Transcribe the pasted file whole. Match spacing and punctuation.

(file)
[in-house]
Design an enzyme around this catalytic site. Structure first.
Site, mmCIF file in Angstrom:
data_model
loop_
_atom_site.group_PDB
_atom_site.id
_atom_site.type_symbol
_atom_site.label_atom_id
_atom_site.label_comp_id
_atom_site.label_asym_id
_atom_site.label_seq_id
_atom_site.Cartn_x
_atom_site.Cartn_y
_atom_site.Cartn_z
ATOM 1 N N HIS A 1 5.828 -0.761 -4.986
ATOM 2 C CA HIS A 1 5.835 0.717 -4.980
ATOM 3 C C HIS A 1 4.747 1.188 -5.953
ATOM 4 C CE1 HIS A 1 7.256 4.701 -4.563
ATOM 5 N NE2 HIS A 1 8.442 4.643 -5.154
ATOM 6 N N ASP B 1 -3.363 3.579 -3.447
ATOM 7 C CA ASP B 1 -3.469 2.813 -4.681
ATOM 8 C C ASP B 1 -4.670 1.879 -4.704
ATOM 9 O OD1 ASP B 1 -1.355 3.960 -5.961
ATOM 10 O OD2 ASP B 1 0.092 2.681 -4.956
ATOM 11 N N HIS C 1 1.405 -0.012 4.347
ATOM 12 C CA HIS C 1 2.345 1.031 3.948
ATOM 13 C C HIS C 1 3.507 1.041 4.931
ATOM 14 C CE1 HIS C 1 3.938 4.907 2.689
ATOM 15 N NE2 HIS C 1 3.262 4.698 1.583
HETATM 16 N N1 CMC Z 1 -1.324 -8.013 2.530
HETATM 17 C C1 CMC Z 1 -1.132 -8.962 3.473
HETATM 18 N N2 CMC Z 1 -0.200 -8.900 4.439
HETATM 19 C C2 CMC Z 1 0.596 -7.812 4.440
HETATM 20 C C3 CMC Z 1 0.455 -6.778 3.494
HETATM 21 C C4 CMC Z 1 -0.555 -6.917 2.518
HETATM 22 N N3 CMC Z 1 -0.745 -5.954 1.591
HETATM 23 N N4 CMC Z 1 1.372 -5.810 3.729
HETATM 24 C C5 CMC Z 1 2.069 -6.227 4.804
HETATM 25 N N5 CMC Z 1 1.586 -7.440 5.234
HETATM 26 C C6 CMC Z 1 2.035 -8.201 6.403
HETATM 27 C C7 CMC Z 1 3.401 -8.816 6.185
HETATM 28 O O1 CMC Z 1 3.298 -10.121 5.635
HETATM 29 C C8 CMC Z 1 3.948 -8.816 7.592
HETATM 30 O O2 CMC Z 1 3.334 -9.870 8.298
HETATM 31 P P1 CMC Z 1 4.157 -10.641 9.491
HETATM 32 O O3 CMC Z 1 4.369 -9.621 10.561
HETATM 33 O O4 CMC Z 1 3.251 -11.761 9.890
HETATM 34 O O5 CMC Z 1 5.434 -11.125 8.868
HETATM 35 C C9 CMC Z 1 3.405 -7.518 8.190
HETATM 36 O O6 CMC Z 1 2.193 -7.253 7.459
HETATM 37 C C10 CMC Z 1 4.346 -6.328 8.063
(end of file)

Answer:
[in-house]
Design an enzyme around this catalytic site. Structure first.
Site, mmCIF file in Angstrom:
data_model
loop_
_atom_site.group_PDB
_atom_site.id
_atom_site.type_symbol
_atom_site.label_atom_id
_atom_site.label_comp_id
_atom_site.label_asym_id
_atom_site.label_seq_id
_atom_site.Cartn_x
_atom_site.Cartn_y
_atom_site.Cartn_z
ATOM 1 N N HIS A 1 5.828 -0.761 -4.986
ATOM 2 C CA HIS A 1 5.835 0.717 -4.980
ATOM 3 C C HIS A 1 4.747 1.188 -5.953
ATOM 4 C CE1 HIS A 1 7.256 4.701 -4.563
ATOM 5 N NE2 HIS A 1 8.442 4.643 -5.154
ATOM 6 N N ASP B 1 -3.363 3.579 -3.447
ATOM 7 C CA ASP B 1 -3.469 2.813 -4.681
ATOM 8 C C ASP B 1 -4.670 1.879 -4.704
ATOM 9 O OD1 ASP B 1 -1.355 3.960 -5.961
ATOM 10 O OD2 ASP B 1 0.092 2.681 -4.956
ATOM 11 N N HIS C 1 1.405 -0.012 4.347
ATOM 12 C CA HIS C 1 2.345 1.031 3.948
ATOM 13 C C HIS C 1 3.507 1.041 4.931
ATOM 14 C CE1 HIS C 1 3.938 4.907 2.689
ATOM 15 N NE2 HIS C 1 3.262 4.698 1.583
HETATM 16 N N1 CMC Z 1 -1.324 -8.013 2.530
HETATM 17 C C1 CMC Z 1 -1.132 -8.962 3.473
HETATM 18 N N2 CMC Z 1 -0.200 -8.900 4.439
HETATM 19 C C2 CMC Z 1 0.596 -7.812 4.440
HETATM 20 C C3 CMC Z 1 0.455 -6.778 3.494
HETATM 21 C C4 CMC Z 1 -0.555 -6.917 2.518
HETATM 22 N N3 CMC Z 1 -0.745 -5.954 1.591
HETATM 23 N N4 CMC Z 1 1.372 -5.810 3.729
HETATM 24 C C5 CMC Z 1 2.069 -6.227 4.804
HETATM 25 N N5 CMC Z 1 1.586 -7.440 5.234
HETATM 26 C C6 CMC Z 1 2.035 -8.201 6.403
HETATM 27 C C7 CMC Z 1 3.401 -8.816 6.185
HETATM 28 O O1 CMC Z 1 3.298 -10.121 5.635
HETATM 29 C C8 CMC Z 1 3.948 -8.816 7.592
HETATM 30 O O2 CMC Z 1 3.334 -9.870 8.298
HETATM 31 P P1 CMC Z 1 4.157 -10.641 9.491
HETATM 32 O O3 CMC Z 1 4.369 -9.621 10.561
HETATM 33 O O4 CMC Z 1 3.251 -11.761 9.890
HETATM 34 O O5 CMC Z 1 5.434 -11.125 8.868
HETATM 35 C C9 CMC Z 1 3.405 -7.518 8.190
HETATM 36 O O6 CMC Z 1 2.193 -7.253 7.459
HETATM 37 C C10 CMC Z 1 4.346 -6.328 8.063